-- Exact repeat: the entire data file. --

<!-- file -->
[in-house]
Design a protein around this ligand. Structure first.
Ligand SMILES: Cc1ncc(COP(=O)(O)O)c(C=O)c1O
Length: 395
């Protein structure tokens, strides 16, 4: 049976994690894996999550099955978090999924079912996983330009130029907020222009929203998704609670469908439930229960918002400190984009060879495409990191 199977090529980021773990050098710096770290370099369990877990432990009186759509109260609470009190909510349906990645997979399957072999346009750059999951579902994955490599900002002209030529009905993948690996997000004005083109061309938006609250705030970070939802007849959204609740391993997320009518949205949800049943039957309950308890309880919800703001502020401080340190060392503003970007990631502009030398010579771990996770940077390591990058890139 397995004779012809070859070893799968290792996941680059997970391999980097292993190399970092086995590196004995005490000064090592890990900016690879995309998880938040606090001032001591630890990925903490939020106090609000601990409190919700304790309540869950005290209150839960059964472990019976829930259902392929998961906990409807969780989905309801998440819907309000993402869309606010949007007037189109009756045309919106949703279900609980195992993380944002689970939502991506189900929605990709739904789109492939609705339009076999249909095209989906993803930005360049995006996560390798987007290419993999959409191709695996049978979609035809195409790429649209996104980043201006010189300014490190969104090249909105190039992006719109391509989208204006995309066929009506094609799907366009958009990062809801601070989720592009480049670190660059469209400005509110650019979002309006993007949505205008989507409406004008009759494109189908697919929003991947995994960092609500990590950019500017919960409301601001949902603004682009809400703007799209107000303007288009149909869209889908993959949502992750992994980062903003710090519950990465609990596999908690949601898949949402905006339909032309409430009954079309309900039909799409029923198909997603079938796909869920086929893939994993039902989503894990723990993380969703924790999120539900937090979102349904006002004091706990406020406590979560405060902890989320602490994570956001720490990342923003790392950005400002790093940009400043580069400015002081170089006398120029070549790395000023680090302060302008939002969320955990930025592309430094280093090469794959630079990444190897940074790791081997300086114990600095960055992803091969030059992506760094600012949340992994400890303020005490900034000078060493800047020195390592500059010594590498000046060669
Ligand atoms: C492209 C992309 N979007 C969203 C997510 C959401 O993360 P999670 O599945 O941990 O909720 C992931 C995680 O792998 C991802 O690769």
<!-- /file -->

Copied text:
[in-house]
Design a protein around this ligand. Structure first.
Ligand SMILES: Cc1ncc(COP(=O)(O)O)c(C=O)c1O
Length: 395
């Protein structure tokens, strides 16, 4: 049976994690894996999550099955978090999924079912996983330009130029907020222009929203998704609670469908439930229960918002400190984009060879495409990191 199977090529980021773990050098710096770290370099369990877990432990009186759509109260609470009190909510349906990645997979399957072999346009750059999951579902994955490599900002002209030529009905993948690996997000004005083109061309938006609250705030970070939802007849959204609740391993997320009518949205949800049943039957309950308890309880919800703001502020401080340190060392503003970007990631502009030398010579771990996770940077390591990058890139 397995004779012809070859070893799968290792996941680059997970391999980097292993190399970092086995590196004995005490000064090592890990900016690879995309998880938040606090001032001591630890990925903490939020106090609000601990409190919700304790309540869950005290209150839960059964472990019976829930259902392929998961906990409807969780989905309801998440819907309000993402869309606010949007007037189109009756045309919106949703279900609980195992993380944002689970939502991506189900929605990709739904789109492939609705339009076999249909095209989906993803930005360049995006996560390798987007290419993999959409191709695996049978979609035809195409790429649209996104980043201006010189300014490190969104090249909105190039992006719109391509989208204006995309066929009506094609799907366009958009990062809801601070989720592009480049670190660059469209400005509110650019979002309006993007949505205008989507409406004008009759494109189908697919929003991947995994960092609500990590950019500017919960409301601001949902603004682009809400703007799209107000303007288009149909869209889908993959949502992750992994980062903003710090519950990465609990596999908690949601898949949402905006339909032309409430009954079309309900039909799409029923198909997603079938796909869920086929893939994993039902989503894990723990993380969703924790999120539900937090979102349904006002004091706990406020406590979560405060902890989320602490994570956001720490990342923003790392950005400002790093940009400043580069400015002081170089006398120029070549790395000023680090302060302008939002969320955990930025592309430094280093090469794959630079990444190897940074790791081997300086114990600095960055992803091969030059992506760094600012949340992994400890303020005490900034000078060493800047020195390592500059010594590498000046060669
Ligand atoms: C492209 C992309 N979007 C969203 C997510 C959401 O993360 P999670 O599945 O941990 O909720 C992931 C995680 O792998 C991802 O690769």